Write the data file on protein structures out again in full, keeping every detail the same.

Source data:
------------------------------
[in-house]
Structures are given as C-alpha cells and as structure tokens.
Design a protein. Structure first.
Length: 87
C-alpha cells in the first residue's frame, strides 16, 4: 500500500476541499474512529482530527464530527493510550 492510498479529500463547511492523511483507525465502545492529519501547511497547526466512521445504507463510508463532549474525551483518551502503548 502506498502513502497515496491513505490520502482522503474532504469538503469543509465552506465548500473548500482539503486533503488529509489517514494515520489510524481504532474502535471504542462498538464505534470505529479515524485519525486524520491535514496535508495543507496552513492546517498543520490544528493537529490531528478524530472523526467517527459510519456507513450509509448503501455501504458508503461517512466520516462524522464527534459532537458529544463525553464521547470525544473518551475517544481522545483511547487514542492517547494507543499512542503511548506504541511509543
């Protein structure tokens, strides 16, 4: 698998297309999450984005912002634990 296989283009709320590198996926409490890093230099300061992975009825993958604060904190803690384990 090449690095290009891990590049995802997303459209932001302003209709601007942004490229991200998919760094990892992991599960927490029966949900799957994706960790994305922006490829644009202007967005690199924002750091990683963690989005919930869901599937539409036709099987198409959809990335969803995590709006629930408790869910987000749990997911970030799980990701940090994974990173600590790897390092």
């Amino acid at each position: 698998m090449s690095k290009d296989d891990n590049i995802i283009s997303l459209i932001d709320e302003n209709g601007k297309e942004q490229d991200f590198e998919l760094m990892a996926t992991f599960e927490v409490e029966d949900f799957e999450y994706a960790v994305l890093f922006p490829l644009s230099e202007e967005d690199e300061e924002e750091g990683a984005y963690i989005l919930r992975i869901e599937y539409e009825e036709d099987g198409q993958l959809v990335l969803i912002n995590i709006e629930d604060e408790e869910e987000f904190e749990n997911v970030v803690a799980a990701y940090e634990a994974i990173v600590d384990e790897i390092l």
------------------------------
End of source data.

[in-house]
Structures are given as C-alpha cells and as structure tokens.
Design a protein. Structure first.
Length: 87
C-alpha cells in the first residue's frame, strides 16, 4: 500500500476541499474512529482530527464530527493510550 492510498479529500463547511492523511483507525465502545492529519501547511497547526466512521445504507463510508463532549474525551483518551502503548 502506498502513502497515496491513505490520502482522503474532504469538503469543509465552506465548500473548500482539503486533503488529509489517514494515520489510524481504532474502535471504542462498538464505534470505529479515524485519525486524520491535514496535508495543507496552513492546517498543520490544528493537529490531528478524530472523526467517527459510519456507513450509509448503501455501504458508503461517512466520516462524522464527534459532537458529544463525553464521547470525544473518551475517544481522545483511547487514542492517547494507543499512542503511548506504541511509543
């Protein structure tokens, strides 16, 4: 698998297309999450984005912002634990 296989283009709320590198996926409490890093230099300061992975009825993958604060904190803690384990 090449690095290009891990590049995802997303459209932001302003209709601007942004490229991200998919760094990892992991599960927490029966949900799957994706960790994305922006490829644009202007967005690199924002750091990683963690989005919930869901599937539409036709099987198409959809990335969803995590709006629930408790869910987000749990997911970030799980990701940090994974990173600590790897390092």
């Amino acid at each position: 698998m090449s690095k290009d296989d891990n590049i995802i283009s997303l459209i932001d709320e302003n209709g601007k297309e942004q490229d991200f590198e998919l760094m990892a996926t992991f599960e927490v409490e029966d949900f799957e999450y994706a960790v994305l890093f922006p490829l644009s230099e202007e967005d690199e300061e924002e750091g990683a984005y963690i989005l919930r992975i869901e599937y539409e009825e036709d099987g198409q993958l959809v990335l969803i912002n995590i709006e629930d604060e408790e869910e987000f904190e749990n997911v970030v803690a799980a990701y940090e634990a994974i990173v600590d384990e790897i390092l």